But it seems many employers still only see drug or alcohol issues as something to be addressed if or when they begin to affect an employee’s performance, as opposed to incorporating this into their wellbeing strategy. The CIPD’s new report, Managing drug and alcohol misuse at work, found nearly a fifth (19 per cent) of businesses see drug and alcohol misuse mainly as a disciplinary issue, despite more than a third (35 per cent) having disciplined someone for alcohol misuse in the last two years, and just over a quarter (26 per cent) for drug misuse.
By not offering any kind of support for such issues, employers could, however, be falling foul of the law. The most stringent legal obligations on this in the UK are for health and safety-critical industries where being under the influence at work is an instantly dismissible offence. But other employers must be mindful of the Equality Act 2010, as alcohol or drug problems – while not classed as a disability in their own right – may be caused by something classed as a disability, such as depression or anxiety. In which case employers would be required to make reasonable adjustments and dismissing an employee without offering any support would likely be held unfair by a tribunal, explains Beverley Sunderland, managing director of Crossland Employment Solicitors: “The employer may have had a fair reason to dismiss if someone is under the influence. But the second question is whether they followed a fair process, and that’s where they’re likely to fall down.”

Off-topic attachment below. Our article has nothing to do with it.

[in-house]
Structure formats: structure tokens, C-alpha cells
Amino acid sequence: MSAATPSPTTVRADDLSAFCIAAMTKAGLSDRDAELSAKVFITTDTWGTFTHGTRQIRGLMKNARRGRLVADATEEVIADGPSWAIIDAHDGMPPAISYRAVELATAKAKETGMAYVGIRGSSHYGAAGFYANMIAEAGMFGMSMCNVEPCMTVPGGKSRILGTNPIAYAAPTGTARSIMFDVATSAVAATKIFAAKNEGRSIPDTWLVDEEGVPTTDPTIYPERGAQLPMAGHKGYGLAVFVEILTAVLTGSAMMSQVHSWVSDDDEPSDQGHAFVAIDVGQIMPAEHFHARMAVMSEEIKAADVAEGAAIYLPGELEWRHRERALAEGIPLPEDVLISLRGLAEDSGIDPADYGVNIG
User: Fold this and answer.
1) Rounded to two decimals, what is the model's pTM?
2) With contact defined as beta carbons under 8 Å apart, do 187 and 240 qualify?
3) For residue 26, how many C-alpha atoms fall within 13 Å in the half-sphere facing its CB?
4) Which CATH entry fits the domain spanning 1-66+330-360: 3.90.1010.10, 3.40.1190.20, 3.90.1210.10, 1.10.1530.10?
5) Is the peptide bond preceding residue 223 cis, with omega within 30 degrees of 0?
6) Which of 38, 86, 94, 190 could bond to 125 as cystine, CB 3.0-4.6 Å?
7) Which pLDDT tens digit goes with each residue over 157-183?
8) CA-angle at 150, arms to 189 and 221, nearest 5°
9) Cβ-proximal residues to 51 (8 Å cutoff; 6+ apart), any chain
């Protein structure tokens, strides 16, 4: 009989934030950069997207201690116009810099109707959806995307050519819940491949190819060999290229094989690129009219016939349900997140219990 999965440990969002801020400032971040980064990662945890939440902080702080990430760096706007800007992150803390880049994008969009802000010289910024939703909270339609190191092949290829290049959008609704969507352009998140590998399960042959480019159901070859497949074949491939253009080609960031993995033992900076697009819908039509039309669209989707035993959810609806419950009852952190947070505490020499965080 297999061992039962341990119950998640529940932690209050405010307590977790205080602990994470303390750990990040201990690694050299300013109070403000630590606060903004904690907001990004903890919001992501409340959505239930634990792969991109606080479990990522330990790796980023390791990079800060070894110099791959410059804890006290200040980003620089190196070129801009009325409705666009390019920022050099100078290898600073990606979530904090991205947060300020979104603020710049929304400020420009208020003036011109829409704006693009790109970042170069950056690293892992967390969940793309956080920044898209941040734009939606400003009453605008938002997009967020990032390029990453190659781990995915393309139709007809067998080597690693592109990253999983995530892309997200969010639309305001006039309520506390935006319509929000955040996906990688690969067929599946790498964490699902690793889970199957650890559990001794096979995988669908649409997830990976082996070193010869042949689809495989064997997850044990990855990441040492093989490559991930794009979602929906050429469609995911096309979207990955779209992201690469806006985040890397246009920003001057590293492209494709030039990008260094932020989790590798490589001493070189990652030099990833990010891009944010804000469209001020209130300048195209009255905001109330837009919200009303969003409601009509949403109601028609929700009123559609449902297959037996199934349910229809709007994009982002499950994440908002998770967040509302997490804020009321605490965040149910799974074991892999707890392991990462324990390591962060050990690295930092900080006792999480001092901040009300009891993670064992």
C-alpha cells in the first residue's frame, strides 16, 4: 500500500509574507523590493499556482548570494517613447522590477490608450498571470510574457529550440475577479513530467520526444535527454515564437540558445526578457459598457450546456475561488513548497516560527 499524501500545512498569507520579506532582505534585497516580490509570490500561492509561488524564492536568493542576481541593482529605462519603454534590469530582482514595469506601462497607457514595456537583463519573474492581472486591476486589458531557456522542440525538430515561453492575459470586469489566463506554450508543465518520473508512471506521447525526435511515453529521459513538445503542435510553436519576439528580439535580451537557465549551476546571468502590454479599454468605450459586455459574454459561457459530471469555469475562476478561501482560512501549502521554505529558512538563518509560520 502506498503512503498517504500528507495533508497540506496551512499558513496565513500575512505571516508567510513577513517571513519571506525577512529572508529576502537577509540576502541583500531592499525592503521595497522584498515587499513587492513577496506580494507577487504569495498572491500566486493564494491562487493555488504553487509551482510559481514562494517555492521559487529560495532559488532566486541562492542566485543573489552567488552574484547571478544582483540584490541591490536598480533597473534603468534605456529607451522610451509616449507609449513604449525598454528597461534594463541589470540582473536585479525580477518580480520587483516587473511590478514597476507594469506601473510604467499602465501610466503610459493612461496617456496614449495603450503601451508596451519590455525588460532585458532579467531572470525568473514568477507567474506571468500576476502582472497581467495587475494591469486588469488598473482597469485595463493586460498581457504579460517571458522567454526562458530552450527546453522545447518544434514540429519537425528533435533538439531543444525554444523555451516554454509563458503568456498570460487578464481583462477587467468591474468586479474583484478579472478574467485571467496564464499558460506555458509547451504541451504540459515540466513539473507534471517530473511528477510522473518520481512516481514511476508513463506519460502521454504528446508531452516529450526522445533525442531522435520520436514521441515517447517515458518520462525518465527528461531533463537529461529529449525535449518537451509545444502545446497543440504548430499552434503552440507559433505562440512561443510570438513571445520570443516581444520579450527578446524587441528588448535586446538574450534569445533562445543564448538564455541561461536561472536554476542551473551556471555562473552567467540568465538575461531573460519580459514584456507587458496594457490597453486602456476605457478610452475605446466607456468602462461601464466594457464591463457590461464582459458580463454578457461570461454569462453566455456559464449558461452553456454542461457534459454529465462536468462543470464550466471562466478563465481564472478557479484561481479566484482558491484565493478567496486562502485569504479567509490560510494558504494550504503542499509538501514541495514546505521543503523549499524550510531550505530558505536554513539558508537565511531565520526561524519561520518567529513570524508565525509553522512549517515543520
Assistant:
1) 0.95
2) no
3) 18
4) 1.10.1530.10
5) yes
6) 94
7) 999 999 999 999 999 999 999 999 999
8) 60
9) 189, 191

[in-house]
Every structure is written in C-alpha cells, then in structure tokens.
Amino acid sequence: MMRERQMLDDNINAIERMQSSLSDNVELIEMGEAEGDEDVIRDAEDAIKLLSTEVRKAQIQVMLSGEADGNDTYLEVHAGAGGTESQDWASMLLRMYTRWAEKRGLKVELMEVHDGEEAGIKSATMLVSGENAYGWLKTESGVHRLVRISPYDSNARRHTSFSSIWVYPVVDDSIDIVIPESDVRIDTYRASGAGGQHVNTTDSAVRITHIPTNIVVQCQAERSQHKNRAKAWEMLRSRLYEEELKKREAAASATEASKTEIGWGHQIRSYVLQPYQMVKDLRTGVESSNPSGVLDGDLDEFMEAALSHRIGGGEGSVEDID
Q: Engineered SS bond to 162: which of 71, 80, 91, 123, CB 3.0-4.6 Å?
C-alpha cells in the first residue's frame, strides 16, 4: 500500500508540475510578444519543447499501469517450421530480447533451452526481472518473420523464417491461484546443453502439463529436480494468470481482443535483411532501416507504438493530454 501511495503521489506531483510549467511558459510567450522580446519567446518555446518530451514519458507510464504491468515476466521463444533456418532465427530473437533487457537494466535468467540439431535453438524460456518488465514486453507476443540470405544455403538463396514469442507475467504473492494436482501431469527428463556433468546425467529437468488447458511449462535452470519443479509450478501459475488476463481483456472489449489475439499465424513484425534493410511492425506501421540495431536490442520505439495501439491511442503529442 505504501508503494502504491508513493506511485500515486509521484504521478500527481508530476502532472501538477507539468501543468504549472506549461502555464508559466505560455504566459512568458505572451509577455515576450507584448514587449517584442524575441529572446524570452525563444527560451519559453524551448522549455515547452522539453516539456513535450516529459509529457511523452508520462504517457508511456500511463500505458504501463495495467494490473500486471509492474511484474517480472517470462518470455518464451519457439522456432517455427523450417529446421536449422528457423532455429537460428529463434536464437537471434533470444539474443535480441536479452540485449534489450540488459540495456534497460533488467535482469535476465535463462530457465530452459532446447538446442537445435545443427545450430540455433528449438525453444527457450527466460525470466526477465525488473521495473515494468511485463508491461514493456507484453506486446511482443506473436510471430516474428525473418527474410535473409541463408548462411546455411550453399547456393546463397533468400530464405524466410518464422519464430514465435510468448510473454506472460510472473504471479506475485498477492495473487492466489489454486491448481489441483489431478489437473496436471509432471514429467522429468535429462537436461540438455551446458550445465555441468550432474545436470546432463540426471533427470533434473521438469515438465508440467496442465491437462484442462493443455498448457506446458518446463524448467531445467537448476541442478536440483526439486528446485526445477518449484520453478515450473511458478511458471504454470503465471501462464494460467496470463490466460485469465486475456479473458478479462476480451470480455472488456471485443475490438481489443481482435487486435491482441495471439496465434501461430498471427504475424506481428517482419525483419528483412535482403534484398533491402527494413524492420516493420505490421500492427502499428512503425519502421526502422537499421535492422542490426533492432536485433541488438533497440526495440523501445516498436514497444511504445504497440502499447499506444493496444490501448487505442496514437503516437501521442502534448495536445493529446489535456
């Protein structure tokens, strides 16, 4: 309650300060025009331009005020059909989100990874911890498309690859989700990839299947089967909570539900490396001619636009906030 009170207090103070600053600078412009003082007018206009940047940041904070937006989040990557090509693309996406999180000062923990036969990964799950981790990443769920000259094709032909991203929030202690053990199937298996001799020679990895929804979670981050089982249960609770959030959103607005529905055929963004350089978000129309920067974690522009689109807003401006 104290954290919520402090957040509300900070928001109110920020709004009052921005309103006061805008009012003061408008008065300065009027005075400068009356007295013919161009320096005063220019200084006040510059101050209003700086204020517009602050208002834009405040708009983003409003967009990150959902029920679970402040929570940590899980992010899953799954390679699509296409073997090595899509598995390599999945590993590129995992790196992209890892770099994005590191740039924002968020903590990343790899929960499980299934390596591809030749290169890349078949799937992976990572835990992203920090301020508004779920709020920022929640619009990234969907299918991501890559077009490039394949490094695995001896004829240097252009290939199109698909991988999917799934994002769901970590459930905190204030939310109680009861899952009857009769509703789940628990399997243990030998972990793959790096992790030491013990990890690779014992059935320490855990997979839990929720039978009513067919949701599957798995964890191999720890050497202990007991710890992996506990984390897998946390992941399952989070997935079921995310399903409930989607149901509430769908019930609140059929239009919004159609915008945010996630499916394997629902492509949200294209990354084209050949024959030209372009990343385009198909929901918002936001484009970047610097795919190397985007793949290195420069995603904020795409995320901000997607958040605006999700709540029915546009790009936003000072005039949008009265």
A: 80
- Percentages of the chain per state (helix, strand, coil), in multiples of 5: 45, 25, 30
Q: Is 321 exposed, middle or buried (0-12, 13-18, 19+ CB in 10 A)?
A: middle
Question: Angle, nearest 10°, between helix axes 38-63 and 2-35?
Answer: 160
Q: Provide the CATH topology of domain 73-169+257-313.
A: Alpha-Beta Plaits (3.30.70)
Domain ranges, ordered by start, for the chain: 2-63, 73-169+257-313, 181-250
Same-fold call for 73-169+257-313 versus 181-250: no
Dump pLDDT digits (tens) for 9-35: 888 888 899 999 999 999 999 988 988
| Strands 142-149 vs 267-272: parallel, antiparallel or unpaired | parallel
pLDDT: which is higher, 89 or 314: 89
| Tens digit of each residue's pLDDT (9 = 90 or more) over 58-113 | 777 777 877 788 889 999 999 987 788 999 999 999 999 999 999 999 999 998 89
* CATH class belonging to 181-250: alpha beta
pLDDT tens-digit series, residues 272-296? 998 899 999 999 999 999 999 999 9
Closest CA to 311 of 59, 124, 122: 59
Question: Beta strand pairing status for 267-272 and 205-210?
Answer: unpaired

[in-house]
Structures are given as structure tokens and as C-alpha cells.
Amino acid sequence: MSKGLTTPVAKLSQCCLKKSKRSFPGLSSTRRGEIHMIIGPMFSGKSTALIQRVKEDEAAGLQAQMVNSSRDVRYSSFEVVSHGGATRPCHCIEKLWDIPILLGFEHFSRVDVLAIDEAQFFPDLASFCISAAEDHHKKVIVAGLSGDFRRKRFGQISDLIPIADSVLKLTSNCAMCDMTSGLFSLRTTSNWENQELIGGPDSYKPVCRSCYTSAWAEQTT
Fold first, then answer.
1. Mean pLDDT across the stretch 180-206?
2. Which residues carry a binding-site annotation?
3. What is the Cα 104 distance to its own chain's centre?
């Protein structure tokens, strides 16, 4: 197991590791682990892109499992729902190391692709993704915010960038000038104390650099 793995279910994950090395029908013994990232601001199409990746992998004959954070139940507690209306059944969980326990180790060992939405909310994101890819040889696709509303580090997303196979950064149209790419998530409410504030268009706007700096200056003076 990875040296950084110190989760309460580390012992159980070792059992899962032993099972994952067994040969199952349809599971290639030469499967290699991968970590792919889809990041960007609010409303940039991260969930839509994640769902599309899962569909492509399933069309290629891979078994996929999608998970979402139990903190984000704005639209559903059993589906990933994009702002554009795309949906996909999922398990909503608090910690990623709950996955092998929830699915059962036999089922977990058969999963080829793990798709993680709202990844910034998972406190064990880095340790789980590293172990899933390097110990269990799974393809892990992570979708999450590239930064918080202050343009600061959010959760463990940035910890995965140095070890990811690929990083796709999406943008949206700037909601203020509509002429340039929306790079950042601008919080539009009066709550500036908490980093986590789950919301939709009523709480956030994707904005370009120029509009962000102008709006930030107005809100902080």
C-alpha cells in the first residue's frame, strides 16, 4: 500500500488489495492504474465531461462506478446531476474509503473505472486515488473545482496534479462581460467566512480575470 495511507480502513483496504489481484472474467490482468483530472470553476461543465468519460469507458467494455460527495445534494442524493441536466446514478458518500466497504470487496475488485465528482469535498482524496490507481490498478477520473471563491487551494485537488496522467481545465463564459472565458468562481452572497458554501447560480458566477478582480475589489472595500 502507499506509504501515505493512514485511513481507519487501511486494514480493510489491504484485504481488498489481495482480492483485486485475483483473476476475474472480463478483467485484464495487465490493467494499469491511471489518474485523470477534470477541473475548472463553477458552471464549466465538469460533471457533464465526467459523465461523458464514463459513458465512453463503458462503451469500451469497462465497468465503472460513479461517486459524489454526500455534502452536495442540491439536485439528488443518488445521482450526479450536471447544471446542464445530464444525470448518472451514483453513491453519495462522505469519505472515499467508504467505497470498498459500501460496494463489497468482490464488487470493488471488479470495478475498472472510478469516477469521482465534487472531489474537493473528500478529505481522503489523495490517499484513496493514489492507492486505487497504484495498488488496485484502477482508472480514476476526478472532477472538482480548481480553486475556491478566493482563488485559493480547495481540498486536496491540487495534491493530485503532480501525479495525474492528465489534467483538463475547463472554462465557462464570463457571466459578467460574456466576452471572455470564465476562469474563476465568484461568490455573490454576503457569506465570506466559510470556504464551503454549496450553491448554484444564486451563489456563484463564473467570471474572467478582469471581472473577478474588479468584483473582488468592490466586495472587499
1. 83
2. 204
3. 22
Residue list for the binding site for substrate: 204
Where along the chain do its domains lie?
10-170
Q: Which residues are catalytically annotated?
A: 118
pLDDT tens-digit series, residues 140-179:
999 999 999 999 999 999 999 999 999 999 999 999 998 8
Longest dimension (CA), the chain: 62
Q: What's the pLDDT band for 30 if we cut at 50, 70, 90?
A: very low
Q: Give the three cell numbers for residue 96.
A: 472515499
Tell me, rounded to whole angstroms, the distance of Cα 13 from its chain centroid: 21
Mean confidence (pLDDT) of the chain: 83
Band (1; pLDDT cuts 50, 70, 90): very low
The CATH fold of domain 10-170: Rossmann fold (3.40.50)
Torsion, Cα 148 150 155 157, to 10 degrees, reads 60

And regardless of the legal onus here, there’s an important ethical (not to mention reputational) dimension, says Guy Pink, HR consultant and former HR director at addiction charity We Are With You (formerly Addaction). “You wouldn’t dismiss someone who told you they had a mental health issue or a broken leg, so why would you dismiss someone with alcohol or drug issues?” he points out. “It should be seen as a wellbeing issue. Support should be provided to enable that person to take control of their life and return to the workplace as a fully functioning member of the team.”
There’s a clear commercial imperative too. Alcohol-related sickness absence costs the UK economy more than £7.3bn per year, according to 2017 research by Drinkaware. And the cost to an individual business of dismissing someone, the resulting productivity lag and rehiring and training a replacement, would likely outweigh the cost of supporting them through their issues in the first place, Pink adds.
“Employers have a really key role to play in preventative action,” echoes Miller. “They should take a proactive approach where people can come forward and ask for help and not feel it’s going to be held against them. They need to create a supportive workplace and ensure they can hang on to talented people who might need support for that specific period of their life.”